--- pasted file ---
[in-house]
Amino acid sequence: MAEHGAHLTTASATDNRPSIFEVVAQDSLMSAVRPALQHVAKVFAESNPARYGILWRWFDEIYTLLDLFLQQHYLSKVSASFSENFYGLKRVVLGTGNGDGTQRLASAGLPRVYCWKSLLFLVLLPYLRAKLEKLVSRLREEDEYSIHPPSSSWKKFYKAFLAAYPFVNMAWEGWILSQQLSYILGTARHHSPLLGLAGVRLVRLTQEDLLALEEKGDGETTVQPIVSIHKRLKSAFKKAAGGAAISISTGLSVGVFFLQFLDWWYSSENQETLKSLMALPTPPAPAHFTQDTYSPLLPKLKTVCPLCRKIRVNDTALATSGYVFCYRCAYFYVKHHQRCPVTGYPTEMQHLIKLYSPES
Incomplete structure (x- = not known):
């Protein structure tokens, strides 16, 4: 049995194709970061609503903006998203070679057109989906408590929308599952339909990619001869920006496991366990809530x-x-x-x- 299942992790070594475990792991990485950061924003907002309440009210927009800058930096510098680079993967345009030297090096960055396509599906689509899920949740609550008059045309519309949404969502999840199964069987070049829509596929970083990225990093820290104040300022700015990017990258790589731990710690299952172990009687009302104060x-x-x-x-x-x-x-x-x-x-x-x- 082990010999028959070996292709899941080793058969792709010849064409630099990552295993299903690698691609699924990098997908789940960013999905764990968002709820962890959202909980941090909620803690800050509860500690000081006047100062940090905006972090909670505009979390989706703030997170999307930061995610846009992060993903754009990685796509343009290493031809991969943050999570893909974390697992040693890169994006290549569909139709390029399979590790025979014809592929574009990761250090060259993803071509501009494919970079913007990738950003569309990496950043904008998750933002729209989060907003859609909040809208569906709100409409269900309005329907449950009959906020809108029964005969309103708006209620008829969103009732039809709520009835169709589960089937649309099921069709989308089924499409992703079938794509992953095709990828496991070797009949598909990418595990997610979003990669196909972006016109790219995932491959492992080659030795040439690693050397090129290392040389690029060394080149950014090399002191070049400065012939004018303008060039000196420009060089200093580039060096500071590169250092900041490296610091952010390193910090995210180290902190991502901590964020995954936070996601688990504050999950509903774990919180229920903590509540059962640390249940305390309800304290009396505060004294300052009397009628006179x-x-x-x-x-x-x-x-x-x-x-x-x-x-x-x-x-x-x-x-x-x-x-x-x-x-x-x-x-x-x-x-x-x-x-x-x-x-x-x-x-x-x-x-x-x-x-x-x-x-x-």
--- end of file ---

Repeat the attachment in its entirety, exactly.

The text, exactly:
[in-house]
Amino acid sequence: MAEHGAHLTTASATDNRPSIFEVVAQDSLMSAVRPALQHVAKVFAESNPARYGILWRWFDEIYTLLDLFLQQHYLSKVSASFSENFYGLKRVVLGTGNGDGTQRLASAGLPRVYCWKSLLFLVLLPYLRAKLEKLVSRLREEDEYSIHPPSSSWKKFYKAFLAAYPFVNMAWEGWILSQQLSYILGTARHHSPLLGLAGVRLVRLTQEDLLALEEKGDGETTVQPIVSIHKRLKSAFKKAAGGAAISISTGLSVGVFFLQFLDWWYSSENQETLKSLMALPTPPAPAHFTQDTYSPLLPKLKTVCPLCRKIRVNDTALATSGYVFCYRCAYFYVKHHQRCPVTGYPTEMQHLIKLYSPES
Incomplete structure (x- = not known):
């Protein structure tokens, strides 16, 4: 049995194709970061609503903006998203070679057109989906408590929308599952339909990619001869920006496991366990809530x-x-x-x- 299942992790070594475990792991990485950061924003907002309440009210927009800058930096510098680079993967345009030297090096960055396509599906689509899920949740609550008059045309519309949404969502999840199964069987070049829509596929970083990225990093820290104040300022700015990017990258790589731990710690299952172990009687009302104060x-x-x-x-x-x-x-x-x-x-x-x- 082990010999028959070996292709899941080793058969792709010849064409630099990552295993299903690698691609699924990098997908789940960013999905764990968002709820962890959202909980941090909620803690800050509860500690000081006047100062940090905006972090909670505009979390989706703030997170999307930061995610846009992060993903754009990685796509343009290493031809991969943050999570893909974390697992040693890169994006290549569909139709390029399979590790025979014809592929574009990761250090060259993803071509501009494919970079913007990738950003569309990496950043904008998750933002729209989060907003859609909040809208569906709100409409269900309005329907449950009959906020809108029964005969309103708006209620008829969103009732039809709520009835169709589960089937649309099921069709989308089924499409992703079938794509992953095709990828496991070797009949598909990418595990997610979003990669196909972006016109790219995932491959492992080659030795040439690693050397090129290392040389690029060394080149950014090399002191070049400065012939004018303008060039000196420009060089200093580039060096500071590169250092900041490296610091952010390193910090995210180290902190991502901590964020995954936070996601688990504050999950509903774990919180229920903590509540059962640390249940305390309800304290009396505060004294300052009397009628006179x-x-x-x-x-x-x-x-x-x-x-x-x-x-x-x-x-x-x-x-x-x-x-x-x-x-x-x-x-x-x-x-x-x-x-x-x-x-x-x-x-x-x-x-x-x-x-x-x-x-x-």